I honestly don't get this "immersion" argument you are making. Having a backpack based on weight is less immersive than magic in the fantasy genre you love? You realize dragon's couldn't fly based on their weight and bone structure, right? It is almost as though you don't actually want to be playing a videogame at all - you want a simulation, not something designed to be entertaining and not cumbersome.
Maybe you should just take up hiking and camping IRL, eh?
In Fallout 3 and NV, even though it was not required, I got so into the narrative that I explored every single nook and cranny of every structure for usable items despite having more bullets/caps than I could ever actually use. Scavenging itself was fun, as was trying to steal everything in the house/shop without getting caught. It did not break immersion to me that I was lugging around 250 lbs of gear because of a little thing called "suspension of disbelief." If I could only carry maybe 2 gallons of water (16 lbs), two guns, a handful of ammo, etc, the literal gameplay would be boring and masochistic.
I mean, when was the last time you read a fantasy novel when they talked about the main character taking a shit? That presumably happens every 1-2 days in the story, but the author leaves it out. Immersion break, amirite? I just don't get how and why you draw lines when you do.
It is wonderful, because it so clearly shows the problem. When I read this comment my blood pressure raises by a few percent (maybe more) and I repeat this question in my head "How is it that he doesn't understand?".
But the first thing I have to accept is that Azuriel is actually serious. And he is not alone. During my MMORPG discussions I met hundreds of people 'like Azuriel'. It took me a long time before I accepted that they were not mocking me.
Of course, on this blog I explained a few dozen times already what I mean when I say immersion and credibility and consistency. But let's do it again.
First, I do not want a realistic game. Realistic games are boring. I already 'play' one in real life.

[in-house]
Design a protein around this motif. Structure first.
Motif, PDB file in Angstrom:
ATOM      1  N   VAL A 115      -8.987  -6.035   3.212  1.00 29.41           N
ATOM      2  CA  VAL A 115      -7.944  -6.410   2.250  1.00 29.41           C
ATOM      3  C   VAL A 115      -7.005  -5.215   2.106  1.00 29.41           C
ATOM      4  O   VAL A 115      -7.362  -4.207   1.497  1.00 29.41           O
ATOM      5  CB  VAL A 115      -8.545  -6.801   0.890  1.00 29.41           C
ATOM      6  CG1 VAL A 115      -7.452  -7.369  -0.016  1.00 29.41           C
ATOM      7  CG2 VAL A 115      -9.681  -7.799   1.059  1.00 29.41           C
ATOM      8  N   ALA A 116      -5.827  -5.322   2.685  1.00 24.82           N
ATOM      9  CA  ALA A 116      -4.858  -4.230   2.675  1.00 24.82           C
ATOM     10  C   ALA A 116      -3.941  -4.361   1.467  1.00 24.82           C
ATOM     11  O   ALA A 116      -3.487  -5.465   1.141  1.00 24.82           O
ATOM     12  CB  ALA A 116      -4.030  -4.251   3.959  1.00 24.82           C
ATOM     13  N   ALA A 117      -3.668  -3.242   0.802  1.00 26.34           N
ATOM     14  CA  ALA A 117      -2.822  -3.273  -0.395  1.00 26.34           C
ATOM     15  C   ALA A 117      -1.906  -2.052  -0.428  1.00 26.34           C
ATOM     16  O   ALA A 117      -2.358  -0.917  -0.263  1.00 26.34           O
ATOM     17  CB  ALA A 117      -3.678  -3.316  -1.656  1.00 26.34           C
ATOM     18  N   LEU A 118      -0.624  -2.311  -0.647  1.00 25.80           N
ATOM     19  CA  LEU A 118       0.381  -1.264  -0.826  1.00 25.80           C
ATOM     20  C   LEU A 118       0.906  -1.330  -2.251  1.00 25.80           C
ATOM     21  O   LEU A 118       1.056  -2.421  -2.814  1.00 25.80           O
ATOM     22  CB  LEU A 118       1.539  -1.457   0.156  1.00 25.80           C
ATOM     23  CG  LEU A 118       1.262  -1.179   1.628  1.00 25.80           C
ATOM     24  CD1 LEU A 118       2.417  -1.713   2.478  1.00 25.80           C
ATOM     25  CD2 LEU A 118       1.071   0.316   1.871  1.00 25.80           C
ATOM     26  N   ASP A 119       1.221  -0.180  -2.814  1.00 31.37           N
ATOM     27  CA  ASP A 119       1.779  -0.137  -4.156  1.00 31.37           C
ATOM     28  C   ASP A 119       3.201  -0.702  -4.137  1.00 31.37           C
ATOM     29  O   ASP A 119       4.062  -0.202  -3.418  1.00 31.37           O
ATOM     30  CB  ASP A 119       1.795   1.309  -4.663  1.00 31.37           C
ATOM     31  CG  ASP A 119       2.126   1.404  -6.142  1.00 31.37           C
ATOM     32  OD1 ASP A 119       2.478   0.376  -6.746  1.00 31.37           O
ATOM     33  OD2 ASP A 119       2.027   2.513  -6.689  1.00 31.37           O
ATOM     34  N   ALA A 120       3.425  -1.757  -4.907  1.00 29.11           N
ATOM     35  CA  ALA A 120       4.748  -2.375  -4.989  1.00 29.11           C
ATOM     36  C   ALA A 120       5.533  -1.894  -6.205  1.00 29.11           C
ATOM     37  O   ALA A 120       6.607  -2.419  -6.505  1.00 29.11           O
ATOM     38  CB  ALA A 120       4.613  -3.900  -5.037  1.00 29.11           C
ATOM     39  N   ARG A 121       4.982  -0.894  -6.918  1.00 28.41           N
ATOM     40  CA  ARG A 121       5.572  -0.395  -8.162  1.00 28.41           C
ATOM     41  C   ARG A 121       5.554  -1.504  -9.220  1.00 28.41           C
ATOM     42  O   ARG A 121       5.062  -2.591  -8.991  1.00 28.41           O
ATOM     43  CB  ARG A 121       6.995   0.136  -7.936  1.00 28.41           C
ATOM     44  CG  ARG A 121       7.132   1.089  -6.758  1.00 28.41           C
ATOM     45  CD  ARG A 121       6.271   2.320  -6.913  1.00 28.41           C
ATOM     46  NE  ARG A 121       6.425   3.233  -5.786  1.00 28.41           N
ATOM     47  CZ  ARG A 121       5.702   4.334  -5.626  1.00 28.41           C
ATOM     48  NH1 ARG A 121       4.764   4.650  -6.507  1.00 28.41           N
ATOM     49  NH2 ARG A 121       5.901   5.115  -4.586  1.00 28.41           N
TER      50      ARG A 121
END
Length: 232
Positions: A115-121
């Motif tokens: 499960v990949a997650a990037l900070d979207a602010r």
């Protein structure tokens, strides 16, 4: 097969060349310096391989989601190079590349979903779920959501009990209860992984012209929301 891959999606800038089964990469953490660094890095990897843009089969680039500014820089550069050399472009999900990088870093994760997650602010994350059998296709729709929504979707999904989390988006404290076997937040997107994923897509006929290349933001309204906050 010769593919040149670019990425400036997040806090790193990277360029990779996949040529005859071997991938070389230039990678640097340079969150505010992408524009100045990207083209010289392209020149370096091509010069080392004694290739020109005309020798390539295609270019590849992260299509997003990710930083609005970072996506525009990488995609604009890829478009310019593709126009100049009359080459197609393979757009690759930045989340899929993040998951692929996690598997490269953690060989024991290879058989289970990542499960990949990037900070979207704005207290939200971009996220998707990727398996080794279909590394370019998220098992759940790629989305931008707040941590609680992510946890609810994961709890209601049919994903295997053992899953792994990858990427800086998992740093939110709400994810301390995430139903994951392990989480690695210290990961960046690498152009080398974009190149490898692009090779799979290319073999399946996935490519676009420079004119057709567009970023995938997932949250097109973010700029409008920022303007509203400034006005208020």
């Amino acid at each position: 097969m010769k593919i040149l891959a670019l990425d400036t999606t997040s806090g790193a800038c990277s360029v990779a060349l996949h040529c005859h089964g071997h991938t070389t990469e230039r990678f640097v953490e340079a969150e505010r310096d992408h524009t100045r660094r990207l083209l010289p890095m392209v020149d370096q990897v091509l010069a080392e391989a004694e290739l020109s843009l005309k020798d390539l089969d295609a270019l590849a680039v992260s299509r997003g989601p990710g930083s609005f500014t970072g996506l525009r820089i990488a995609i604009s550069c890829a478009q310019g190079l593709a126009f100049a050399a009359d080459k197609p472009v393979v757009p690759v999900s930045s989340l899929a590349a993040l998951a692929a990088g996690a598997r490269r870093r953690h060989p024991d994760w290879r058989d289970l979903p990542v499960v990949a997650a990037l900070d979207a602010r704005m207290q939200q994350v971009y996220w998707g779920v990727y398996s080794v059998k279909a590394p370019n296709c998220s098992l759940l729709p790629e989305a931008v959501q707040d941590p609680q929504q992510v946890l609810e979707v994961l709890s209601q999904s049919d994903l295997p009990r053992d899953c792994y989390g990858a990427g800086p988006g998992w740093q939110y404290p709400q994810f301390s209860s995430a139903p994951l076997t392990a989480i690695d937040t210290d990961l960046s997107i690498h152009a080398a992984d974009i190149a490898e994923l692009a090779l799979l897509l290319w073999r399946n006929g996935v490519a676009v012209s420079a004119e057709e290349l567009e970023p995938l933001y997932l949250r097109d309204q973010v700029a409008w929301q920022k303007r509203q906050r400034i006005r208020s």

What I do want is a simulation of a fantasy world that employs good gameplay and occasionally compromises between gameplay, simulation and a few other things.
For example, shitting improves the simulation a tiny bit, adds nothing to gameplay and insults my good taste. I don't want it. Nor do I want 'realistic' death effects. They, too, would be good simulation, but I don't want to see enemies suffer while they bleed to death.
The most prominent fantasy world was designed by J. R. R. Tolkien. He spent many years of his life making sure that Middle Earth world was consistent. For example, some people could cast magic, but others couldn't. Teleporting wasn't possible.
Now, if you make a computer game in this fantasy world, I would like it to be as consistent as possible. I want magic to be in there, because that's part of Middle Earth. But I don't want teleports to be in there, because that's not consistent with the simulation.
Of course, you can decide to simulate a different fantasy world. In WoW lore there are lots of portals and, thus, teleporting via portal is ok from a simulation point of view. I think it's often wrong from a gameplay PoV, but that's off topic. What's not good is if I can teleport in WoW without actually using a portal. That's not even consistent with the World of Warcraft.
Now, sometimes there are good reasons why computer game simulations of a fantasy world cannot be consistent. For example, fire in middle earth is supposed to incinerate wood. But that's technically impossible to implement. Therefore, I don't complain about it. I sure wish that this technical limitation is some day overcome, but right now I just suspend disbelieve.
It's different when it comes to things like teleports or resilience or lots of other stuff that is not consistent with the simulation. Sometimes I agree that the gameplay is more important than the simulation - but sometimes I think that the potential gains in gameplay do not outweigh the loss of quality of the simulation. And quality of the simulation is what I need to immerse myself into the world.
And once again, because that is Psychochild's favourite argument :)
The fact that a simulation isn't perfect in the first place, is not a good argument to make it even worse.
At some level everybody values the simulation aspect, of course. Otherwise there would be no need for good graphics.